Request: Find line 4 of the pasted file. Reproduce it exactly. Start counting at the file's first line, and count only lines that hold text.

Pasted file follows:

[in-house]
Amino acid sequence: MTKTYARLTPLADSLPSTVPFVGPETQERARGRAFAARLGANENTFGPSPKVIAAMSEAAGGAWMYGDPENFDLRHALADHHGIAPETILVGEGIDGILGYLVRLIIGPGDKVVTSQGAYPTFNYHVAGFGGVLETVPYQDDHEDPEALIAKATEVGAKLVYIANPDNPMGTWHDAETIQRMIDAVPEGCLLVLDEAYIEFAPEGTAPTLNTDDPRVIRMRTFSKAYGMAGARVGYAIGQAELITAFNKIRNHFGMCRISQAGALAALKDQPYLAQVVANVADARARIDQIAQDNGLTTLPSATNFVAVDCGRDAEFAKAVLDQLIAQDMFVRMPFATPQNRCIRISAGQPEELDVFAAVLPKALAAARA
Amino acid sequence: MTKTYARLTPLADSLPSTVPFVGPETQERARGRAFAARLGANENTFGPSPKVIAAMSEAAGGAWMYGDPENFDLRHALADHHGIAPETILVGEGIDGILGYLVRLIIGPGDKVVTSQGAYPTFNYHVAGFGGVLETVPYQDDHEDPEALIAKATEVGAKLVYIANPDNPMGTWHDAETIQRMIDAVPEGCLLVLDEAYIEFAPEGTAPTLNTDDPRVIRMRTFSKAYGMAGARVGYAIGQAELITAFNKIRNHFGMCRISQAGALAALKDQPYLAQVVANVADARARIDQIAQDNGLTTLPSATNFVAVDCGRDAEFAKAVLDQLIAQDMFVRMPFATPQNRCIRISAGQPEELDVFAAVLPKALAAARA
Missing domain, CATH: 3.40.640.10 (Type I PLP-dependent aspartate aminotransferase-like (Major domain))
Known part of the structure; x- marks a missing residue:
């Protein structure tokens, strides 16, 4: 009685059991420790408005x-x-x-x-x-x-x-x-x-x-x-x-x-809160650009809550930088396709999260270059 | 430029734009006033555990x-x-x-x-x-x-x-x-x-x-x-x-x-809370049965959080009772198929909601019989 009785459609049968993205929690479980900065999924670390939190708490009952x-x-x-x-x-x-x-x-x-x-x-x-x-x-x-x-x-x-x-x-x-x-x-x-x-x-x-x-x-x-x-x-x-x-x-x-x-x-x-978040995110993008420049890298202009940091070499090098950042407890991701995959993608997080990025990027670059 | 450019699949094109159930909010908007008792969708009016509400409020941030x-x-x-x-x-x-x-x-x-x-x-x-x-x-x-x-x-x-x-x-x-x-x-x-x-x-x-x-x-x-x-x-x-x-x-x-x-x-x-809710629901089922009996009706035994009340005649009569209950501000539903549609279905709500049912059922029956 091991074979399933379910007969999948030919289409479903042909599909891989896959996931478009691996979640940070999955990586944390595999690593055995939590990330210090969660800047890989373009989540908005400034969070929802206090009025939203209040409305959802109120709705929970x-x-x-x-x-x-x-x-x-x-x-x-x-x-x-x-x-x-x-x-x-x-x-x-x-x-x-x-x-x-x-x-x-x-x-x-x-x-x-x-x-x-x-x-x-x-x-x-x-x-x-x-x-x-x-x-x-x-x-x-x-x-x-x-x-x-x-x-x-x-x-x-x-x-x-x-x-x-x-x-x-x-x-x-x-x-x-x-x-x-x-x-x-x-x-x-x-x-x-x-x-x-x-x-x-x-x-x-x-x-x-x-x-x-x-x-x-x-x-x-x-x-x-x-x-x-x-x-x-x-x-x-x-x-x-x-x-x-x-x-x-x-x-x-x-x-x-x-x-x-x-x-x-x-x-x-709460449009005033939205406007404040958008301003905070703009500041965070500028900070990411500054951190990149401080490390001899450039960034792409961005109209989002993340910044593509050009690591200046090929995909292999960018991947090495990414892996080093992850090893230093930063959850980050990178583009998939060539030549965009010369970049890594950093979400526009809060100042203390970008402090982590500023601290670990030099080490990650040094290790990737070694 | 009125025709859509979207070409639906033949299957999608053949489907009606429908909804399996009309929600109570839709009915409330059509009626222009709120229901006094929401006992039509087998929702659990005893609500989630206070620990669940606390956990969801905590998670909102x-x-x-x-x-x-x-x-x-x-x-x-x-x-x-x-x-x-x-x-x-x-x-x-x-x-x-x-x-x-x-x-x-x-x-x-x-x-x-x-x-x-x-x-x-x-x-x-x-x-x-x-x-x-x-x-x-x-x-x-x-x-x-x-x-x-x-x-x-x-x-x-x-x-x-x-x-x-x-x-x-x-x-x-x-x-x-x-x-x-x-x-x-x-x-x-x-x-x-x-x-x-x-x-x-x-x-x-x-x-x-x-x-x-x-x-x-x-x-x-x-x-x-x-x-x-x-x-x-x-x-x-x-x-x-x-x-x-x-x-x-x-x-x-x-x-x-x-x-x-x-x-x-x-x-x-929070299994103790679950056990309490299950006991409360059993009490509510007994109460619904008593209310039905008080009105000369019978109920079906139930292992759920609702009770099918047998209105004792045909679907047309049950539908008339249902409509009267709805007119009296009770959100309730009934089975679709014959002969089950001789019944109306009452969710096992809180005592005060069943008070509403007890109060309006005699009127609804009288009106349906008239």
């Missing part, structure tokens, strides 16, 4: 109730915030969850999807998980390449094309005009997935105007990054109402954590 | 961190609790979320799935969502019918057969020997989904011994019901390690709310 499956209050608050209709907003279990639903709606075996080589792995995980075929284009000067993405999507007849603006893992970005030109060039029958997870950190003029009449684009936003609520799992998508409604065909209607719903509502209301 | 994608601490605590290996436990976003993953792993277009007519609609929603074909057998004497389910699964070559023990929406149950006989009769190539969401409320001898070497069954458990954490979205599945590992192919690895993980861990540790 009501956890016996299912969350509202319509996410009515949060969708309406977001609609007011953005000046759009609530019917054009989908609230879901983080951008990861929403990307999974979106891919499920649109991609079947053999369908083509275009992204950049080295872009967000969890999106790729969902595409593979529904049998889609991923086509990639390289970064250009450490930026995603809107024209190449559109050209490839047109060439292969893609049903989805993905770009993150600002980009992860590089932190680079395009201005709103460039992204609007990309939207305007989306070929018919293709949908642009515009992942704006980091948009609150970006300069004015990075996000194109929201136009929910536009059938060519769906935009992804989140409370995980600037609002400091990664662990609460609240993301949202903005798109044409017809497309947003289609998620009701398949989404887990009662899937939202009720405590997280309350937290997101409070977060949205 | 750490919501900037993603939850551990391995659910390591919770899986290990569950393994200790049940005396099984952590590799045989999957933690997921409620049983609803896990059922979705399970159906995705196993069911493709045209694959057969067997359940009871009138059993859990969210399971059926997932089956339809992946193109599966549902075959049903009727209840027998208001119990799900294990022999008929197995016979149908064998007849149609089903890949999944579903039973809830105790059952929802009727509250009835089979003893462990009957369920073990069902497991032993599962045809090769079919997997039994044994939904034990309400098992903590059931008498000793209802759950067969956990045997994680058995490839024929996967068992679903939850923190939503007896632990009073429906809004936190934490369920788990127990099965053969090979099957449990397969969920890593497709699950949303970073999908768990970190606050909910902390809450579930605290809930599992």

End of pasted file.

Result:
Missing domain, CATH: 3.40.640.10 (Type I PLP-dependent aspartate aminotransferase-like (Major domain))